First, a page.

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Crossrail in no hurry to replace departing Haste

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LONDON'S MASSIVE Crossrail project is not expected to name a permanent replacement for departing chief executive Norman Haste for at least six months, industry sources said this week.

They expect the new chief executive to take over after the enabling Crossrail bill has passed through the tricky House of Commons committee stage.

Haste fficially left the project at the end of last month after announcing plans to step down in May (NCE 15 May).

The Department for Transport confirmed this week that it had found no permanent replacement.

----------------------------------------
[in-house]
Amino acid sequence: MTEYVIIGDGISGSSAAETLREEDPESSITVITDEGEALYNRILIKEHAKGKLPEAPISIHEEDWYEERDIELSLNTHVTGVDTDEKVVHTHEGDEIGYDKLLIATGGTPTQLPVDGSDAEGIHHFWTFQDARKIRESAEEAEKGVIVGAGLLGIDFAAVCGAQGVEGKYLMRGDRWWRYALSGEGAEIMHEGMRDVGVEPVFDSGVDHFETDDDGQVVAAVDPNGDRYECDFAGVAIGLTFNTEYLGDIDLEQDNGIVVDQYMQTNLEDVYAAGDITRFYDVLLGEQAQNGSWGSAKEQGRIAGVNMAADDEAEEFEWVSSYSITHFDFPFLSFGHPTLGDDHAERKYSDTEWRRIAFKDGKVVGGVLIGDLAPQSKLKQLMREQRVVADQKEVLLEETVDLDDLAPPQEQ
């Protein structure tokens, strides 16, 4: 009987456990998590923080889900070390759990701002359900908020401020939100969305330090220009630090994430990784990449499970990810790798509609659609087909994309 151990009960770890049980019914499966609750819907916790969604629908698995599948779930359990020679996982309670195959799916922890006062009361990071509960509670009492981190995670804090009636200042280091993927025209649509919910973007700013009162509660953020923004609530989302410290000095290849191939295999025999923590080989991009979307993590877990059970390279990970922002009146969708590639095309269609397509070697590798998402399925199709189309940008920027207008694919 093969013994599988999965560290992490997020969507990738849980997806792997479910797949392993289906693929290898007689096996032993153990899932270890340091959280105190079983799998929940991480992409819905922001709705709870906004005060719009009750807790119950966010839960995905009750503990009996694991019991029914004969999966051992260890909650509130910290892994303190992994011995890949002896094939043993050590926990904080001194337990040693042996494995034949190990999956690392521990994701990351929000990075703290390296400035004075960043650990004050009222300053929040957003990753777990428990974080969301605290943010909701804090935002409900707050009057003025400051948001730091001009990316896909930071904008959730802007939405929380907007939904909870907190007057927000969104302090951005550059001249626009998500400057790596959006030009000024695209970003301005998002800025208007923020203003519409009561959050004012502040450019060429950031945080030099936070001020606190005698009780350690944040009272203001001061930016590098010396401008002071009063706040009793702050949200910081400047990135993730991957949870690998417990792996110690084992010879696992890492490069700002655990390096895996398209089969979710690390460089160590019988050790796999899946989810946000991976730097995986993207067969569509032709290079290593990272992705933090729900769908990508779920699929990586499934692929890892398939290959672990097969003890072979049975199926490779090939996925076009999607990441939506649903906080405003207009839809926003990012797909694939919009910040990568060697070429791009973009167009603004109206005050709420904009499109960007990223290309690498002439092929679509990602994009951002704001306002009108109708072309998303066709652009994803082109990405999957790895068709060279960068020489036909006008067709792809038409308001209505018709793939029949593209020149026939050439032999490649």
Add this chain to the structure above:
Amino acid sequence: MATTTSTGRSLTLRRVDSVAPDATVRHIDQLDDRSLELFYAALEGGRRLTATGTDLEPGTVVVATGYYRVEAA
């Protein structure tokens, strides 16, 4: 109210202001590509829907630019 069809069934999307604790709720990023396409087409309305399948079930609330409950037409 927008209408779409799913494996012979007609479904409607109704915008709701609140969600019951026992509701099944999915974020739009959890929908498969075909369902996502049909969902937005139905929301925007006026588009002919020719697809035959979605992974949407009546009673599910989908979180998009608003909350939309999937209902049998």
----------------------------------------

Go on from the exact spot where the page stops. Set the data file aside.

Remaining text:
A pokesman aid there was no rush to find one and that the process 'will take as long as it needs to'.

Haste's deputy Keith Berryman was named acting chief executive earlier this month.

It is expected that Berryman will take on the task of steering the bill through the committee stage.

Berryman is a long standing member of the senior Crossrail management team. He was chief executive before Haste joined from Heathrow's Terminal 5 project in 2002.

Berryman is an ICE fellow and has worked on the Docklands Light Railway, the West Coast Main Line and Hong Kong's mass transit railway.

Last week he announced that Taylor Woodrow had been awarded the Crossrail enabling works contract.

Initially this involves scoping, planning and costing the advance works programme.

Taylor Woodrow recently won a similar contract for the £900M East London Line upgrade.

Crossrail is also to invite bids for a design management contract later this month.

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